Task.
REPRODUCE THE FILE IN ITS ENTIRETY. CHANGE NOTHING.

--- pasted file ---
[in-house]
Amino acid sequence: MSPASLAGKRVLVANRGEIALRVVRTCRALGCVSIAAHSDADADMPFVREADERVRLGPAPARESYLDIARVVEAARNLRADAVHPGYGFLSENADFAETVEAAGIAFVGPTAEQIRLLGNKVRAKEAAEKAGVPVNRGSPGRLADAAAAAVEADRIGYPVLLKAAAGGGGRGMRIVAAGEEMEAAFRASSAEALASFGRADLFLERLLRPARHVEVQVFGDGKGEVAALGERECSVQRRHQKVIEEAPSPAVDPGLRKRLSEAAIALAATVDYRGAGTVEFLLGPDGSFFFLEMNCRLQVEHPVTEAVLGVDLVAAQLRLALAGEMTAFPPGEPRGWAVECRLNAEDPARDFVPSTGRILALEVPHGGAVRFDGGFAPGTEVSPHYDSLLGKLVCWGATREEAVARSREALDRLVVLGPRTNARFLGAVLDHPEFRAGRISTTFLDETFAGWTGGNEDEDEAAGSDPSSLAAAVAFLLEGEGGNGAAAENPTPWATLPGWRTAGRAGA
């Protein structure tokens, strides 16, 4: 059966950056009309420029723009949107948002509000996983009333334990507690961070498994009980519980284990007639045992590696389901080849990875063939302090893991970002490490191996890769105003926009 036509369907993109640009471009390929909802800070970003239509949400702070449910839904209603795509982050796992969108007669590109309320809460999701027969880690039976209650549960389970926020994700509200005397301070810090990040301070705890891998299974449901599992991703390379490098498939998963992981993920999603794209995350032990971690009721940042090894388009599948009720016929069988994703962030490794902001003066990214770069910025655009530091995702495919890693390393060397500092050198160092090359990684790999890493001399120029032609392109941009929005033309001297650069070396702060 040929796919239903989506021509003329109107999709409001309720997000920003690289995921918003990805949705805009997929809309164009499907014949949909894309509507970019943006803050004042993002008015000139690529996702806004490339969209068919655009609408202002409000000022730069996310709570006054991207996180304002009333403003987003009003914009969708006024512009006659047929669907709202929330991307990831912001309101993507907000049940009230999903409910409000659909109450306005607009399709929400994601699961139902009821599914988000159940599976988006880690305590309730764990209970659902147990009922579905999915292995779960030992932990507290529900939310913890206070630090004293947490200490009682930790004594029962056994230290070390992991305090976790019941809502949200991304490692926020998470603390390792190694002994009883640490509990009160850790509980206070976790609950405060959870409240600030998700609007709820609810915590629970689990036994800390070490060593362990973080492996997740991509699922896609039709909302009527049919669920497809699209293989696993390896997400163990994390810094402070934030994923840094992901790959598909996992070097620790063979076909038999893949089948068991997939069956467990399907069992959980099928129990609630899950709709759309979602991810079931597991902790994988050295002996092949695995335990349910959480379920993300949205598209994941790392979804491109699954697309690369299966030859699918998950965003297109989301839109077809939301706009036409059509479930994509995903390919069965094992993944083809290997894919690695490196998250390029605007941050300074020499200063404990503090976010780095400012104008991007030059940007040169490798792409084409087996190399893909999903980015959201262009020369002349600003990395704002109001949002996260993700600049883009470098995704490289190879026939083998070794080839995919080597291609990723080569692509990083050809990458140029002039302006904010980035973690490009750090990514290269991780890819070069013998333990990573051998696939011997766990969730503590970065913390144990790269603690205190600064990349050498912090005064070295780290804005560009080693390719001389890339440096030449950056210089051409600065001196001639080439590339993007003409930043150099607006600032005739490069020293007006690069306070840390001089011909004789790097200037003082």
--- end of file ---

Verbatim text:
[in-house]
Amino acid sequence: MSPASLAGKRVLVANRGEIALRVVRTCRALGCVSIAAHSDADADMPFVREADERVRLGPAPARESYLDIARVVEAARNLRADAVHPGYGFLSENADFAETVEAAGIAFVGPTAEQIRLLGNKVRAKEAAEKAGVPVNRGSPGRLADAAAAAVEADRIGYPVLLKAAAGGGGRGMRIVAAGEEMEAAFRASSAEALASFGRADLFLERLLRPARHVEVQVFGDGKGEVAALGERECSVQRRHQKVIEEAPSPAVDPGLRKRLSEAAIALAATVDYRGAGTVEFLLGPDGSFFFLEMNCRLQVEHPVTEAVLGVDLVAAQLRLALAGEMTAFPPGEPRGWAVECRLNAEDPARDFVPSTGRILALEVPHGGAVRFDGGFAPGTEVSPHYDSLLGKLVCWGATREEAVARSREALDRLVVLGPRTNARFLGAVLDHPEFRAGRISTTFLDETFAGWTGGNEDEDEAAGSDPSSLAAAVAFLLEGEGGNGAAAENPTPWATLPGWRTAGRAGA
């Protein structure tokens, strides 16, 4: 059966950056009309420029723009949107948002509000996983009333334990507690961070498994009980519980284990007639045992590696389901080849990875063939302090893991970002490490191996890769105003926009 036509369907993109640009471009390929909802800070970003239509949400702070449910839904209603795509982050796992969108007669590109309320809460999701027969880690039976209650549960389970926020994700509200005397301070810090990040301070705890891998299974449901599992991703390379490098498939998963992981993920999603794209995350032990971690009721940042090894388009599948009720016929069988994703962030490794902001003066990214770069910025655009530091995702495919890693390393060397500092050198160092090359990684790999890493001399120029032609392109941009929005033309001297650069070396702060 040929796919239903989506021509003329109107999709409001309720997000920003690289995921918003990805949705805009997929809309164009499907014949949909894309509507970019943006803050004042993002008015000139690529996702806004490339969209068919655009609408202002409000000022730069996310709570006054991207996180304002009333403003987003009003914009969708006024512009006659047929669907709202929330991307990831912001309101993507907000049940009230999903409910409000659909109450306005607009399709929400994601699961139902009821599914988000159940599976988006880690305590309730764990209970659902147990009922579905999915292995779960030992932990507290529900939310913890206070630090004293947490200490009682930790004594029962056994230290070390992991305090976790019941809502949200991304490692926020998470603390390792190694002994009883640490509990009160850790509980206070976790609950405060959870409240600030998700609007709820609810915590629970689990036994800390070490060593362990973080492996997740991509699922896609039709909302009527049919669920497809699209293989696993390896997400163990994390810094402070934030994923840094992901790959598909996992070097620790063979076909038999893949089948068991997939069956467990399907069992959980099928129990609630899950709709759309979602991810079931597991902790994988050295002996092949695995335990349910959480379920993300949205598209994941790392979804491109699954697309690369299966030859699918998950965003297109989301839109077809939301706009036409059509479930994509995903390919069965094992993944083809290997894919690695490196998250390029605007941050300074020499200063404990503090976010780095400012104008991007030059940007040169490798792409084409087996190399893909999903980015959201262009020369002349600003990395704002109001949002996260993700600049883009470098995704490289190879026939083998070794080839995919080597291609990723080569692509990083050809990458140029002039302006904010980035973690490009750090990514290269991780890819070069013998333990990573051998696939011997766990969730503590970065913390144990790269603690205190600064990349050498912090005064070295780290804005560009080693390719001389890339440096030449950056210089051409600065001196001639080439590339993007003409930043150099607006600032005739490069020293007006690069306070840390001089011909004789790097200037003082």